Hamiltonian simulation

“The problem of simulating the dynamics of quantum systems was the original motivation for quantum computers and remains one of their major potential applications.” - Berry et al. [21]

The simulation of atoms, molecules and other biochemical systems is another application uniquely suited to quantum computation. For example, the ground state energy of large systems, the dynamical behaviour of an ensemble of molecules, or complex molecular behaviour such as protein folding, are often computationally hard or downright impossible to determine via classical computation or experimentation [22][23].

In the discrete-variable qubit model, efficient methods of Hamiltonian simulation have been discussed at-length, providing several implementations depending on properties of the Hamiltonian, and resulting in a linear simulation time [24][25]. Efficient implementations of Hamiltonian simulation also exist in the CV formulation [26], with specific application to Bose-Hubbard Hamiltonians (describing a system of interacting bosonic particles on a lattice of orthogonal position states [27]). As such, this method is ideally suited to photonic quantum computation.

CV implementation

For a quick example, consider a lattice composed of two adjacent nodes:


../_images/graph.svg

This graph is represented by the \(2\times 2\) adjacency matrix \(A=\begin{bmatrix}0&1\\1&0\end{bmatrix}\). Here, each node in the graph represents a qumode, so we can model the dynamics of Bosons on this structure via a 2-qumode CV circuit.

The Bose-Hubbard Hamiltonian with on-site interactions is given by

\[H = J\sum_{i}\sum_j A_{ij} \ad_i\a_j + \frac{1}{2}U\sum_i \hat{n}_i(\hat{n}_i-1)= J(\ad_1 \a_2 + \ad_2\a_1) + \frac{1}{2}U ( \hat{n}_1^2 - \hat{n}_1 + \hat{n}_2^2 - \hat{n}_2)\]

where \(J\) represents the transfer integral or hopping term of the boson between nodes, and \(U\) is the on-site interaction potential. Here, \(\ad_1 \a_2\) represents a boson transitioning from node 1 to node 2, while \(\ad_2\a_1\) represents a boson transitioning from node 2 to node 1, and \(\hat{n}_i=\ad_i\a_i\) is the number operator applied to mode \(i\). Applying the Lie-product formula, we find that

\[e^{-iHt} = \left[\exp\left({-i\frac{ J t}{k}(\ad_1 \a_2 + \ad_2\a_1)}\right)\exp\left(-i\frac{Ut}{2k}\hat{n}_1^2\right)\exp\left(-i\frac{Ut}{2k}\hat{n}_2^2\right)\exp\left(i\frac{Ut}{2k}\hat{n}_1\right)\exp\left(i\frac{Ut}{2k}\hat{n}_2\right)\right]^k+\mathcal{O}\left(t^2/k\right),\]

where \(\mathcal{O}\left(t^2/k\right)\) is the order of the error term, derived from the Lie product formula. Comparing this to the form of various CV gates, we can write this as the product of symmetric beamsplitters (BSgate), Kerr gates (Kgate), and rotation gates (Rgate):

\[e^{iHt} = \left[BS\left(\theta,\phi\right)\left(K(r)R(-r)\otimes K(r)R(-r)\right)\right]^k+\mathcal{O}\left(t^2/k\right).\]

where \(\theta=-Jt/k\), \(\phi=\pi/2\), and \(r=-Ut/2k\).

For the case \(k=2\), this can be drawn as the circuit diagram


../_images/hamsim.svg

For more complex CV decompositions, including those with interactions, see Kalajdzievski et al. [26] for more details.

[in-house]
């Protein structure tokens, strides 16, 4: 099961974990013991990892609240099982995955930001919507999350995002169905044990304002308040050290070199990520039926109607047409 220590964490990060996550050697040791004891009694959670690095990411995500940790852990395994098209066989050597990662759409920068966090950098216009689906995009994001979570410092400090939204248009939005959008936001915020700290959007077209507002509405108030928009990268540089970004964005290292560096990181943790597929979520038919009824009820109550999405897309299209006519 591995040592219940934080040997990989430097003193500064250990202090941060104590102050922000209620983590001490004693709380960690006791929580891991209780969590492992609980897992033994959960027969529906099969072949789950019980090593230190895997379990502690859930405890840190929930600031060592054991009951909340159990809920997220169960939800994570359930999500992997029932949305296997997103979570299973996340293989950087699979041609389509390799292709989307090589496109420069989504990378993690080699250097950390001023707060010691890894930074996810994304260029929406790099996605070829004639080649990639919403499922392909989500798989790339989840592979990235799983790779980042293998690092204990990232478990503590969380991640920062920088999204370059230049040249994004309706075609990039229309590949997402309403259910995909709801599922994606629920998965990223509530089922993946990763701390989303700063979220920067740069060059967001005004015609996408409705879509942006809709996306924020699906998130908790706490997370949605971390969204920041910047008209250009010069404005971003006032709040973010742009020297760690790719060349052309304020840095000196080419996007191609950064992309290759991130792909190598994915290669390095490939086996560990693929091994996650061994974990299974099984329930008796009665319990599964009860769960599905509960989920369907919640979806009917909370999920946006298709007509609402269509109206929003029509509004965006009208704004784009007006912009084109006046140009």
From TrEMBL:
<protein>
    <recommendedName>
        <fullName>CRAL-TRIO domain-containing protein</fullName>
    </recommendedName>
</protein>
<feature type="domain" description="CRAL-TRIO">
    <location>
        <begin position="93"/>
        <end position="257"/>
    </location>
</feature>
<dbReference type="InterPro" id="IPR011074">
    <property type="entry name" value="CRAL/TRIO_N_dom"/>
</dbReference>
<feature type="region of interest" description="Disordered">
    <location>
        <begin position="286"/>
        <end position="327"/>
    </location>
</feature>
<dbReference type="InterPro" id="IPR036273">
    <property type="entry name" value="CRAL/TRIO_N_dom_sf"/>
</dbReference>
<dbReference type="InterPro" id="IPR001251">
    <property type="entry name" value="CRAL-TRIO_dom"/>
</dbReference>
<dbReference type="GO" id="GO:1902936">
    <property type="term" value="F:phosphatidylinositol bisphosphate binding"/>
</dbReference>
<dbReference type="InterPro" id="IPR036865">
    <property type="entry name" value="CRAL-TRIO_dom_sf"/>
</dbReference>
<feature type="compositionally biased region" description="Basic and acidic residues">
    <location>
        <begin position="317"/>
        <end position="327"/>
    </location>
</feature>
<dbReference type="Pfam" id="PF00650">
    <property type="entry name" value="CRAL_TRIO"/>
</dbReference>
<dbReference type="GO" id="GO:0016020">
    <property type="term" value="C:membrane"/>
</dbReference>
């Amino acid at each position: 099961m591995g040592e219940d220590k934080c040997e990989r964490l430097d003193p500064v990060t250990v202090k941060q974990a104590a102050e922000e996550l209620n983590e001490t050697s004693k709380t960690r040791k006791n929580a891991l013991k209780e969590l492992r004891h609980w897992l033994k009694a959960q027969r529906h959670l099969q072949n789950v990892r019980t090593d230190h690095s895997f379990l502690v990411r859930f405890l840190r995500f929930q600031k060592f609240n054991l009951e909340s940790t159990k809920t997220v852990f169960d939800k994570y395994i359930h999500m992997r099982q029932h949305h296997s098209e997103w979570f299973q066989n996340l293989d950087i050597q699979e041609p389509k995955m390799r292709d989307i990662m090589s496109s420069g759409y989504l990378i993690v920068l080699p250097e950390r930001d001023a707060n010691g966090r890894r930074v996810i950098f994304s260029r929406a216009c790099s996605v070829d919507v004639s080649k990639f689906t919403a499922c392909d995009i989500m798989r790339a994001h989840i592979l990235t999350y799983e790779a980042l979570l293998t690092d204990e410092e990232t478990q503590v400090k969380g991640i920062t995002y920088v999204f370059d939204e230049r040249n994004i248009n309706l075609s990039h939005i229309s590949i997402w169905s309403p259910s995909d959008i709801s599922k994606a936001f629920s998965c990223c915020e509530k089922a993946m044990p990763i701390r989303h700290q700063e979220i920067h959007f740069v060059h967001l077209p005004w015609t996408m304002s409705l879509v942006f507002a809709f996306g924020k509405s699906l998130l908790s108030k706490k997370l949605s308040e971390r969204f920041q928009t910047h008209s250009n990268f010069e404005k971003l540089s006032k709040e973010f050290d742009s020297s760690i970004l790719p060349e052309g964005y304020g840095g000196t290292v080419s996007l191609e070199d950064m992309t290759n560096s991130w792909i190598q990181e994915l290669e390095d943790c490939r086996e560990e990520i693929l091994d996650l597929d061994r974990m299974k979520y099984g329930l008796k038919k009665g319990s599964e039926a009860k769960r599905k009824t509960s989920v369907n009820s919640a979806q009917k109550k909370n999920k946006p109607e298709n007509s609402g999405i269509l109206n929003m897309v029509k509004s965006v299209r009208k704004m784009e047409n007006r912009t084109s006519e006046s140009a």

Blackbird code

The Hamiltonian simulation circuit displayed above for the 2-node lattice, can be implemented using the Blackbird quantum circuit language:

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# prepare the initial state
Fock(2) | q[0]

# Two node tight-binding
# Hamiltonian simulation

for i in range(k):
    BSgate(theta, pi/2) | (q[0], q[1])
    Kgate(r)  | q[0]
    Rgate(-r) | q[0]
    Kgate(r)  | q[1]
    Rgate(-r) | q[1]

where, for this example, we have set J=1, U=1.5, k=20, t=1.086, theta = -J*t/k, and r = -U*t/(2*k). After constructing the circuit and running the engine,

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results = eng.run(ham_simulation)

the site occupation probabilities can be calculated via

>>> state = results.state
>>> state.fock_prob([2,0])
0.52240124572001989
>>> state.fock_prob([1,1])
0.23565287685672454
>>> state.fock_prob([0,2])
0.24194587742325951

As Hamiltonian simulation is particle preserving, these probabilities should add up to one; indeed, summing them results in a value \(\sim1.0000000000000053\).

We can compare this result to the analytic matrix exponential \(e^{-iHt}\), where the matrix elements of \(H\) can be computed in the Fock basis. Considering the diagonal interaction terms,

\[\begin{split}& \braketT{0,2}{H}{0,2} = \frac{1}{2}U\braketT{0}{(\hat{n}^2-\hat{n})}{0} + \frac{1}{2}U\braketT{2}{(\hat{n}^2-\hat{n})}{2} = \frac{1}{2}U(2^2-2) = U\\[7pt] & \braketT{1,1}{H}{1,1} = 0\\[7pt] & \braketT{2,0}{H}{2,0} = U\end{split}\]

as well as the off-diagonal hopping terms,

\[\begin{split}& \braketT{1,1}{H}{0,2} = J\braketT{1,1}{\left(\ad_1\a_2 + \a_1\ad_2\right)}{0,2} = J(\sqrt{1}\sqrt{2} + \sqrt{0}\sqrt{3}) = J\sqrt{2}\\[7pt] & \braketT{1,1}{H}{2,0} = J\sqrt{2}\end{split}\]

and taking into account the Hermiticity of the system, we arrive at

\[\begin{split}H = \begin{bmatrix}U&J\sqrt{2}&0\\ J\sqrt{2} & 0 & J\sqrt{2}\\ 0 & J\sqrt{2} & U\end{bmatrix}\end{split}\]

which acts on the Fock basis \(\{\ket{0,2},\ket{1,1},\ket{2,0}\}\). Using the SciPy matrix exponential function scipy.linalg.expm():

>>> from scipy.linalg import expm
>>> H = J*np.sqrt(2)*np.array([[0,1,0],[1,0,1],[0,1,0]]) + U*np.diag([1,0,1])
>>> init_state = np.array([0,0,1])
>>> np.abs(np.dot(expm(-1j*t*H), init_state))**2
[ 0.52249102,  0.23516277,  0.24234621]

which agrees, within the expected error margin, with our Strawberry Fields Hamiltonian simulation.

Note

A fully functional Strawberry Fields simulation containing the above Blackbird code is included at examples/hamiltonian_simulation.py.